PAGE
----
The exact affinities of the sharpbill (Oxyruncus cristatus) have been in dispute since the genus Oxyruncus was first described in 1820. Since the late nineteenth century most authors have given the sharpbill family status, despite its widely scattered distribution. Sharpbills are obviously related to the tyrannid passerines, particularly the tyrant flycatchers, cotin-gas, and manakins. However, the sharpbills' exact relations with these groups remain unclear.
In the 1980s, genetic comparisons seemed to indicate that sharpbills are cotingas and also are closely related to tityras and becards. However, for the purposes of this discussion the sharpbills are treated as a separate family (Oxyruncidae) within the Passeriformes as per Peters checklist.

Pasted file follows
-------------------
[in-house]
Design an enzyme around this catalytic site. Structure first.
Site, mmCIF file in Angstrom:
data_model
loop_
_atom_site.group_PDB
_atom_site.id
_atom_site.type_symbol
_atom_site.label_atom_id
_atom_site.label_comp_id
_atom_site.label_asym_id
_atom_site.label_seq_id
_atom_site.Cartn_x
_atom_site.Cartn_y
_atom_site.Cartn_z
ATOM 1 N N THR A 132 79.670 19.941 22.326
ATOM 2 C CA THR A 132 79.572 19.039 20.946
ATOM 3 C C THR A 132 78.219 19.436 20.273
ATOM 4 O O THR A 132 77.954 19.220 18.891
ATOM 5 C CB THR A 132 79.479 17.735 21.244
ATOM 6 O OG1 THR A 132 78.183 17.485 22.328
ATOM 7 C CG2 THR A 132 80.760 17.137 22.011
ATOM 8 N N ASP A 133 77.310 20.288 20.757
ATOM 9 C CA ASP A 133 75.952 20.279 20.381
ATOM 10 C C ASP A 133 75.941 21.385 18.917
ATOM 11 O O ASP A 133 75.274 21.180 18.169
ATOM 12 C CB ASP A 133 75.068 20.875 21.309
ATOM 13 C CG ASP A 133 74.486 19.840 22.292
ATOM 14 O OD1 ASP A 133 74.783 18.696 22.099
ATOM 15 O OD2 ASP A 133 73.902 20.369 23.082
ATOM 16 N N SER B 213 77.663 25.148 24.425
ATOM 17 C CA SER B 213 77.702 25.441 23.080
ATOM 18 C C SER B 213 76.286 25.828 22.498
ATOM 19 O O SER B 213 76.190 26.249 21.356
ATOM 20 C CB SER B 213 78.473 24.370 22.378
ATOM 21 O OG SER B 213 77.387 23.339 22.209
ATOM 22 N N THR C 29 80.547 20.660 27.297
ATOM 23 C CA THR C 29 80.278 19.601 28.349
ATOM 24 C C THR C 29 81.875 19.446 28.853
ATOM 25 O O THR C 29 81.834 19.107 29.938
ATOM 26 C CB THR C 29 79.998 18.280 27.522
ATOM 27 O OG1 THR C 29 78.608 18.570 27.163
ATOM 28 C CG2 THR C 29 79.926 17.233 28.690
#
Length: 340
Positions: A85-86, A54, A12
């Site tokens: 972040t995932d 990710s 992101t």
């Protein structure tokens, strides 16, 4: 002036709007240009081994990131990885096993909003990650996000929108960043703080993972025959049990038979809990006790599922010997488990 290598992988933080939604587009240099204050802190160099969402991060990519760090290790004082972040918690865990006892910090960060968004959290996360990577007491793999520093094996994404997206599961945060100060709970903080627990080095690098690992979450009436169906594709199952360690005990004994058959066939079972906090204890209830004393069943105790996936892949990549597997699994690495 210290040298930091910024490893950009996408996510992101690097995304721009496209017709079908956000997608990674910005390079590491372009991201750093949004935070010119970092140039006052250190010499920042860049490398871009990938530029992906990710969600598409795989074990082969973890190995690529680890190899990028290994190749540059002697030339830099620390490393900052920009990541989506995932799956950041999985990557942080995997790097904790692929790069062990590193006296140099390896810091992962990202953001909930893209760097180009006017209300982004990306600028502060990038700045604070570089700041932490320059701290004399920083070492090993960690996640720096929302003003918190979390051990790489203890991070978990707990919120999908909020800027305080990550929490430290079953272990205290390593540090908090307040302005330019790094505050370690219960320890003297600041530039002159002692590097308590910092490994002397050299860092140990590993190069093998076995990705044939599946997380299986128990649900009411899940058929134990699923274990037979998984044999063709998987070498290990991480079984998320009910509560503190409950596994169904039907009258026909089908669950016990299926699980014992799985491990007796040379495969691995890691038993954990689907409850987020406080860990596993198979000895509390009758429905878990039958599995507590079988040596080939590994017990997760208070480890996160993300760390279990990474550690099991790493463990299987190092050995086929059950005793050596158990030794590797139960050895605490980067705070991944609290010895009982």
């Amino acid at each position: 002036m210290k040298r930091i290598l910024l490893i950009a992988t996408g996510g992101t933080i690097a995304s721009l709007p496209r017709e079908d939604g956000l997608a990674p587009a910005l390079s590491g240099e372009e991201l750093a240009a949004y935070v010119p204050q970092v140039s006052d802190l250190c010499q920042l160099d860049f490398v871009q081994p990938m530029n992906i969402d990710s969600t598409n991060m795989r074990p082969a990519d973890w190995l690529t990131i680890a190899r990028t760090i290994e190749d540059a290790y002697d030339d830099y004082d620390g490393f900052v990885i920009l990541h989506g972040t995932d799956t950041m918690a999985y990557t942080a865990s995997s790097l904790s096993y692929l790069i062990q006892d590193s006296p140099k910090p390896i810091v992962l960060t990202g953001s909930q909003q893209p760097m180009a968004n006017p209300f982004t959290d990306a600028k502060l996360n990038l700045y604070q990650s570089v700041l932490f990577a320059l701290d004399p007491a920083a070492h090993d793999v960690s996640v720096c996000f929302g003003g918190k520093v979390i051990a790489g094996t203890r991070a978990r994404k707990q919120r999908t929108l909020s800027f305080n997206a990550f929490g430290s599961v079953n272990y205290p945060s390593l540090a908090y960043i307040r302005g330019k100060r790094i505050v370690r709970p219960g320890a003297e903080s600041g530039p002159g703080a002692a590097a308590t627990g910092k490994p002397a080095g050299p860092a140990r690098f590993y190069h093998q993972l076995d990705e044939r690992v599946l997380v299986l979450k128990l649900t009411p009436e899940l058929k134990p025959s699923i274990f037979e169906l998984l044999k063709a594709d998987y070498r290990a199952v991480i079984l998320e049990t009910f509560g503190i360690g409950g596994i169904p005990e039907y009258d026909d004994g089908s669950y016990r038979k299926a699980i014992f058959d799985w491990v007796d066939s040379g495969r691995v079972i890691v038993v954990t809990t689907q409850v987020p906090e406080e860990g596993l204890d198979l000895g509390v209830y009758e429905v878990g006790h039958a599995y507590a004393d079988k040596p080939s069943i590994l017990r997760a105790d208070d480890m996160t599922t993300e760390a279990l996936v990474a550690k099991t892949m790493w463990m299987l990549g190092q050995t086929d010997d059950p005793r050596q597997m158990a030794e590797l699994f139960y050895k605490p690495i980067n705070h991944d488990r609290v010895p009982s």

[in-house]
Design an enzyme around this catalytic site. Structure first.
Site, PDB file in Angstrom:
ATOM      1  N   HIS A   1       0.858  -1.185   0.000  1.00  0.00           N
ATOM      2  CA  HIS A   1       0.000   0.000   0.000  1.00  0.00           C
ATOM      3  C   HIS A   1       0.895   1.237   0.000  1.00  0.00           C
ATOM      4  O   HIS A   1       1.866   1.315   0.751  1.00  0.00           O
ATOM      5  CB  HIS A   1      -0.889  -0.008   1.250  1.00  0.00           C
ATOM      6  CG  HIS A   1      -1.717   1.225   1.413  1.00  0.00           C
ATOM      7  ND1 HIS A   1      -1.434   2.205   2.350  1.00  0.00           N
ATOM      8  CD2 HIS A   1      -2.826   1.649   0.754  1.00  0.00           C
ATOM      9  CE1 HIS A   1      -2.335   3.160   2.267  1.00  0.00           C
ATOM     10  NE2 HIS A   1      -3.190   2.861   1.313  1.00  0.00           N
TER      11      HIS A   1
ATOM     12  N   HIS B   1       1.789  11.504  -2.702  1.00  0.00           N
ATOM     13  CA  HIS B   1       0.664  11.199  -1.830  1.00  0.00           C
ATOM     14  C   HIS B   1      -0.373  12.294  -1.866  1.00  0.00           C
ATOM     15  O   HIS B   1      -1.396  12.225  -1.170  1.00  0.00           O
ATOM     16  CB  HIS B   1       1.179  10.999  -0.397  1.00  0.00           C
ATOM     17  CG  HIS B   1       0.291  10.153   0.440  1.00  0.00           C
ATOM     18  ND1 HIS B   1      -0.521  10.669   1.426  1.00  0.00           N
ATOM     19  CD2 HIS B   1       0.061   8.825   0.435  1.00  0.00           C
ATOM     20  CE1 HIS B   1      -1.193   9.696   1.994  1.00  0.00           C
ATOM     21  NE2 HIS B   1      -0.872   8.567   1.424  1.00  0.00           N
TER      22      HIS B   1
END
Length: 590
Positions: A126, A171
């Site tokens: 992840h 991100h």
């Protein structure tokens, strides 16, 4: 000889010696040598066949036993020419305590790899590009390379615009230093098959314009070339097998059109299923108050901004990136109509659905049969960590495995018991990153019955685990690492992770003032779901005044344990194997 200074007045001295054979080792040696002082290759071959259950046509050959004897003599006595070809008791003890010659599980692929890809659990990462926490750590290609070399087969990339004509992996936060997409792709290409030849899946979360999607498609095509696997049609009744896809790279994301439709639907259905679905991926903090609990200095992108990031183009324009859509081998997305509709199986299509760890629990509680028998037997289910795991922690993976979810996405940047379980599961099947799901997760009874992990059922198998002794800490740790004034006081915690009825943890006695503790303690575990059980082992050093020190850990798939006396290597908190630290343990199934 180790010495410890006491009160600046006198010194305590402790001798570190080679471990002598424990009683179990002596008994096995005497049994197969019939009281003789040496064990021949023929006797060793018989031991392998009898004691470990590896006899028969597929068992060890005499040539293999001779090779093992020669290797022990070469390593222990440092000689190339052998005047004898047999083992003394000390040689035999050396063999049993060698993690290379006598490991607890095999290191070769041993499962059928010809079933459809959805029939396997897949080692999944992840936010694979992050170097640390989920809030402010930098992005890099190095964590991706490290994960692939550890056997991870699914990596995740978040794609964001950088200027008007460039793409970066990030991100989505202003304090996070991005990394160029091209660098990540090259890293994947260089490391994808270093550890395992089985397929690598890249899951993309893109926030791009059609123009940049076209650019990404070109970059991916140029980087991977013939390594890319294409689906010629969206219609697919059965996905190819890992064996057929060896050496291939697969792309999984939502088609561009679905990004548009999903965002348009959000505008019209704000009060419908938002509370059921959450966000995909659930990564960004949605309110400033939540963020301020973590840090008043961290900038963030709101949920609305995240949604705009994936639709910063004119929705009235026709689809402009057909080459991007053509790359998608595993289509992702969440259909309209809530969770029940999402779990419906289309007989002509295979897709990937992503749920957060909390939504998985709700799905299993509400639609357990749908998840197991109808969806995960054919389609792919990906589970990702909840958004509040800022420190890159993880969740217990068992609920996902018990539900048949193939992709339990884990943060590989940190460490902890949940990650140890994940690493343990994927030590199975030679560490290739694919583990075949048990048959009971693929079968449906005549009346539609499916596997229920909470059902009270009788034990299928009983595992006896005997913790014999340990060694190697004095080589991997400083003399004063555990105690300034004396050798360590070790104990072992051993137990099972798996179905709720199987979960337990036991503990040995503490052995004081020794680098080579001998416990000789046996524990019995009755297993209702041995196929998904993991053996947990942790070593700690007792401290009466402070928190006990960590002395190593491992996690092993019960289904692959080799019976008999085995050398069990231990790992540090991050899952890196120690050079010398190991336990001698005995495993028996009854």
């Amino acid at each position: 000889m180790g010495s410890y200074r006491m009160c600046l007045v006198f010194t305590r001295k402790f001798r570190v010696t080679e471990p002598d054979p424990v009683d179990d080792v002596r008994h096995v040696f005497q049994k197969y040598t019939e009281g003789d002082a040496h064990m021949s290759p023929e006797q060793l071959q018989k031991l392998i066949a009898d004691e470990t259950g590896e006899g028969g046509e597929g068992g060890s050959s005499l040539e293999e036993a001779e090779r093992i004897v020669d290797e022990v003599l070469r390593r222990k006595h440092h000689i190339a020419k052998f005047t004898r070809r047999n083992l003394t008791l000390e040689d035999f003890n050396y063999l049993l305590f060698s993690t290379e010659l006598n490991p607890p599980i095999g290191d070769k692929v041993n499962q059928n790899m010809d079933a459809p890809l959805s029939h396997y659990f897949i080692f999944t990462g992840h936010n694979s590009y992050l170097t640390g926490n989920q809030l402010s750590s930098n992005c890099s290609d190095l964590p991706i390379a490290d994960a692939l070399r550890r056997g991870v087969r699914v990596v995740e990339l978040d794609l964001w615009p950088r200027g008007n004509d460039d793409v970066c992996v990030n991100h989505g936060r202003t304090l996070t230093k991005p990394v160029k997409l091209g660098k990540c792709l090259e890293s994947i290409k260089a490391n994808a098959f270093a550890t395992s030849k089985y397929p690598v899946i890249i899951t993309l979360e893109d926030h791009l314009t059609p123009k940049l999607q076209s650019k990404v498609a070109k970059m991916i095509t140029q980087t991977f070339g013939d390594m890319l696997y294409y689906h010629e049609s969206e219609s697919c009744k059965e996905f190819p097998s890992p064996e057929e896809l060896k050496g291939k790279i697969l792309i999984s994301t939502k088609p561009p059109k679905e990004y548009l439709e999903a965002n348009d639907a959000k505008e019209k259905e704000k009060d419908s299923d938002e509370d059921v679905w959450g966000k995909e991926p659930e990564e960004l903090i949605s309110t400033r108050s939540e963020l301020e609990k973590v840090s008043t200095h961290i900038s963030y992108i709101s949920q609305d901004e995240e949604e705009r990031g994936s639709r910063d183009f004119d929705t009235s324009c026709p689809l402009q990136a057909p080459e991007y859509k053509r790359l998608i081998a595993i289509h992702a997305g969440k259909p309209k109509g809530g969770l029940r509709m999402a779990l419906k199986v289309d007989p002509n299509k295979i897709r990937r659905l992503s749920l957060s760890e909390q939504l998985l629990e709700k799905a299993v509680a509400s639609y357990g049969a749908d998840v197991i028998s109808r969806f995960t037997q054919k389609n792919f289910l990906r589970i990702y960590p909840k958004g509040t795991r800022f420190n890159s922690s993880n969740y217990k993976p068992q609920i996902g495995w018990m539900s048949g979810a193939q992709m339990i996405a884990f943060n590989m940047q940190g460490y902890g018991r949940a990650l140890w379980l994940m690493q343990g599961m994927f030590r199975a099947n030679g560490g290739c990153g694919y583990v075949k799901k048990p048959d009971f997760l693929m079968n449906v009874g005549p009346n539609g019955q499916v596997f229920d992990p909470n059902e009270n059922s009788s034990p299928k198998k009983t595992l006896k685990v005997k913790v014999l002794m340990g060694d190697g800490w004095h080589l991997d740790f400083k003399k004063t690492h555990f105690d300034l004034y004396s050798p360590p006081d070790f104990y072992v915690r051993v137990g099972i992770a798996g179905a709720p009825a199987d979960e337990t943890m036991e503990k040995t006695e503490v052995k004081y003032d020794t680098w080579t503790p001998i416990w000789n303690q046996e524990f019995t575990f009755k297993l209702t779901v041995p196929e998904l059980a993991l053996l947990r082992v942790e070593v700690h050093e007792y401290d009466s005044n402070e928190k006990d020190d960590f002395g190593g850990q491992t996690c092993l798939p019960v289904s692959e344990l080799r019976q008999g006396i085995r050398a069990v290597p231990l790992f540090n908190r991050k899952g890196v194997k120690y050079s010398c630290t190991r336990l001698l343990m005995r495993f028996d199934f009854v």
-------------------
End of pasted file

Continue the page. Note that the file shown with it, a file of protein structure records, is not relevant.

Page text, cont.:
This monotypic family has been divided into five races, differentiated slightly by color and size, but mainly by their distribution. Oxyruncus cristatus frater, the Costa Rican sharpbill, ranges from northeastern Costa Rica to western Panama, where it is known by its Spanish name, Pico Agudo. O. c. brooksi is found in the Darien region of Panama. O. c. hy-poglaucus inhabits the highlands of southern Venezuela, Guyana, and Suriname. O. c. cristatus and O. c. tocantinsi are both found in Brazil (the latter may be synonymous with O. c. hypoglaucus).
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